He may not be a well-known name among hockey fans currently, but as a noted Toropchenko truther, there is a lot to like about his game and he is someone the Leafs need to take a run at.

Oskar Sundqvist

Sticking with the Blues, another player that could become available in the weeks leading up to the deadline is Sundqvist.
Like Toropchenko, Sundqvist is a high-energy guy who is noticeable every time he steps onto the ice. The primary difference is that he is more established, comes at a cheaper cap hit, and knows what it takes to win given his two Stanley Cups. He currently leads all Blues forwards in blocks with 24 and is seventh on the team in hits with 34 (six behind Toropchenko in that category). In every year apart from the 2021 COVID-shortened campaign, you can count on him surpassing 20 points which he is well on his way to achieving this season with 12 points (three goals and nine assists) in 30 games played.
The 6’3″ Swedish centre will not break the bank on the trade market as he was dealt last season for only a fourth-round pick. Treliving would probably only need to surrender a fourth or a fifth-round pick to secure his services and fitting his salary would be straightforward on account of him making $775K this season. Whether it be as part of a bigger trade or just acquiring him, Sundqvist makes a ton of sense for the Leafs.

Yakov Trenin

A lot of Leafs fans lately have been highlighting Trenin as an ideal trade target for the bottom six. It’s not hard to see why: he checks off a lot of the boxes that the team might be looking for.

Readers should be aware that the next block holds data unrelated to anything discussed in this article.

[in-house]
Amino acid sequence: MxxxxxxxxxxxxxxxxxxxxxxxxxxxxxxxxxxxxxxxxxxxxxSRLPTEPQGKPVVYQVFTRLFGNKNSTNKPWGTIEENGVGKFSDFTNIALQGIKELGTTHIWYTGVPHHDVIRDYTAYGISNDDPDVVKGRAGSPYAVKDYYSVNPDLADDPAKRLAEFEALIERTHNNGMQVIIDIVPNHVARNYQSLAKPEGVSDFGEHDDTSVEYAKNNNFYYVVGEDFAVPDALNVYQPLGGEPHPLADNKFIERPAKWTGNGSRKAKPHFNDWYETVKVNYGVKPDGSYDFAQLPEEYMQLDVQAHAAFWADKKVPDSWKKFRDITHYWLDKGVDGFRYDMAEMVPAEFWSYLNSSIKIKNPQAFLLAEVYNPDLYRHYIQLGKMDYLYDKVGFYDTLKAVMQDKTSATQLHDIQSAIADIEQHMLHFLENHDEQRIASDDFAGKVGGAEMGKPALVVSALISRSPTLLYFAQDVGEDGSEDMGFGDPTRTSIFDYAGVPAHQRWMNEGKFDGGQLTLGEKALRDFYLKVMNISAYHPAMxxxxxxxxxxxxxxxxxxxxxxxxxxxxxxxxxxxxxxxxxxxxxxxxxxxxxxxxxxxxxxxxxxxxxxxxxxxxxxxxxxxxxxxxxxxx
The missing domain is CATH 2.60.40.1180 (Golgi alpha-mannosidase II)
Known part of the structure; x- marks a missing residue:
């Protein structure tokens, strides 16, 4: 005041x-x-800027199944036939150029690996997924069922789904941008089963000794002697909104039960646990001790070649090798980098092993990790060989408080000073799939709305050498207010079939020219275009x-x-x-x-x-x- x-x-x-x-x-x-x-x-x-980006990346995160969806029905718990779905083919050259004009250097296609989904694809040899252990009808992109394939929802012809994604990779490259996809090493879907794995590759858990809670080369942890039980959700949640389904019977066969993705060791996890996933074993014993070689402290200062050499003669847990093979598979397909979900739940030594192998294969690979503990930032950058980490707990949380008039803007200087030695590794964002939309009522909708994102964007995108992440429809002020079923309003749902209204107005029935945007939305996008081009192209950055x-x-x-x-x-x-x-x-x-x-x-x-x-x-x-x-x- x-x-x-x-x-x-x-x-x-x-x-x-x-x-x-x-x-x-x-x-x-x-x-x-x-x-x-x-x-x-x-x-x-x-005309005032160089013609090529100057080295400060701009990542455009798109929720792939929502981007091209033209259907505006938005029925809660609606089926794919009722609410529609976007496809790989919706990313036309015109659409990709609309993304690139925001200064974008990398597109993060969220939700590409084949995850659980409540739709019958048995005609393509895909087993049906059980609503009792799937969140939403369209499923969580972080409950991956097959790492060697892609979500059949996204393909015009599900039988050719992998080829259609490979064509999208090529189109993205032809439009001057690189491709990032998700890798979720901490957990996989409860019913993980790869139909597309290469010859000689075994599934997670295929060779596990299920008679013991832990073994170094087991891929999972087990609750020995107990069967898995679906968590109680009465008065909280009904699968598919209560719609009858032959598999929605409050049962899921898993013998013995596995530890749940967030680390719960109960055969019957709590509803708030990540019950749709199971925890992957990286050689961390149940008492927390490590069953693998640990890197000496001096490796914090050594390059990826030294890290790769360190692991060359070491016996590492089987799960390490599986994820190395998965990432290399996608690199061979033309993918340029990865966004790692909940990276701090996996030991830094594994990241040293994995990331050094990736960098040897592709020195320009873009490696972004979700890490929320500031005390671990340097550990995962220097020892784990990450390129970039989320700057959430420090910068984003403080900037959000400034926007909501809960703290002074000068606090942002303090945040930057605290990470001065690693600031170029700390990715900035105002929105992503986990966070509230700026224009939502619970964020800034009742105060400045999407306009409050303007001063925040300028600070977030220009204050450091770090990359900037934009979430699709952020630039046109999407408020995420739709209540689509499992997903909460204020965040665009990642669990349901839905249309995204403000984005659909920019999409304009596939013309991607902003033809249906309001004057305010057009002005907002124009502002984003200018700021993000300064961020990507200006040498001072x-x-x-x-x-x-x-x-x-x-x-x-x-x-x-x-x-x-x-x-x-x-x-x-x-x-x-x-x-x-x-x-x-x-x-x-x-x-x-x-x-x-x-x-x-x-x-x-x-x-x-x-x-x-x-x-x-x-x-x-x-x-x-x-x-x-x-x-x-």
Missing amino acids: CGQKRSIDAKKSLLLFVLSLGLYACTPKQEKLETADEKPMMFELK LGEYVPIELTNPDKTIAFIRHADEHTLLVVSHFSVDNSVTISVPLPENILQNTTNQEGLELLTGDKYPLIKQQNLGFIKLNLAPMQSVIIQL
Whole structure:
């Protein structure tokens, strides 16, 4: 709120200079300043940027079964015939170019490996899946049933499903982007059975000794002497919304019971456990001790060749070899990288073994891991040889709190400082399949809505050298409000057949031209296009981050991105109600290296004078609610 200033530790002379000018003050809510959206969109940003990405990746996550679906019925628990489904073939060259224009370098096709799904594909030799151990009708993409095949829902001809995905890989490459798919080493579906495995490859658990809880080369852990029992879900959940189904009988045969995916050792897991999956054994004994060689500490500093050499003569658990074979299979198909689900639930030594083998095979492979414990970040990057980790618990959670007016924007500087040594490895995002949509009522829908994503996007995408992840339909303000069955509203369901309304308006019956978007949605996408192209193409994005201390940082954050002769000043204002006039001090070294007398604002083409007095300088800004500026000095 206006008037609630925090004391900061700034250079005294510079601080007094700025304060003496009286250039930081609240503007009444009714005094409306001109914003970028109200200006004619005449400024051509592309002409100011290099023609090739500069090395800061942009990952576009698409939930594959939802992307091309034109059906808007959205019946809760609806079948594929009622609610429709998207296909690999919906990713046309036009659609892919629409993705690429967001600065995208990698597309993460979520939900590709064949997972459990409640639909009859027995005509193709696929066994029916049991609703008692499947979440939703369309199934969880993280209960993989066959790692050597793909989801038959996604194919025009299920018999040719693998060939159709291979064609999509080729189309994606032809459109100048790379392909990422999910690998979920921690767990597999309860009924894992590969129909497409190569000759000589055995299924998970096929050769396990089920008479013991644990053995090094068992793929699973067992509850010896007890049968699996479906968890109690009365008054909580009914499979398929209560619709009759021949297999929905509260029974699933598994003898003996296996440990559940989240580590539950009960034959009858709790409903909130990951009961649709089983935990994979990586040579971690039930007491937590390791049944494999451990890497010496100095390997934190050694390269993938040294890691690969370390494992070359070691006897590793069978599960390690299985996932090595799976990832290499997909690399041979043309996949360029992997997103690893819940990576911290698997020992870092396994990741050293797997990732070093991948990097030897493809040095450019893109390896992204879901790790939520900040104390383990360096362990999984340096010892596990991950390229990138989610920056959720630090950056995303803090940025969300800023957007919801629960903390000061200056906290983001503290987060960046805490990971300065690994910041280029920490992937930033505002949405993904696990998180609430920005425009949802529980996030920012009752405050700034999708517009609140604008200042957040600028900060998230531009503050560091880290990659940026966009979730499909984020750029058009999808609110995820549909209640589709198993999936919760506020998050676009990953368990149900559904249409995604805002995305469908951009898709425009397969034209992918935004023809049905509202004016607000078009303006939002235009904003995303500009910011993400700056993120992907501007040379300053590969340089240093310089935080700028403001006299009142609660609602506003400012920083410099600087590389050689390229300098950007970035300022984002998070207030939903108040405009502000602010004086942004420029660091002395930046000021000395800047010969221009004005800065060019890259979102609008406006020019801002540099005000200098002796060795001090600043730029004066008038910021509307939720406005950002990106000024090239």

The pending UFA has established himself as a hard-hitting forward who is responsible defensively and is an effective penalty killer. While his offensive ceiling is limited, Trenin makes up for it by being a solid shutdown forward that you would want to have on the ice late in a game defending a lead. He is also pretty versatile since he can move to the middle of the ice in a pinch and has success in taking faceoffs. With his cap hit clocking in at $1.7 million, fitting him into the fold would not be difficult as it would likely only need to involve a roster player with a similar salary going the other way.
He certainly would be an intriguing target on the market, though it all depends on how the Predators fare in the weeks leading up to the deadline because they currently sit comfortably in a playoff spot. That makes the prospects of a trade unlikely at this time, but if Nashville falls out of the postseason picture and begin to sell off their assets, Trenin should be someone for the Leafs to inquire about.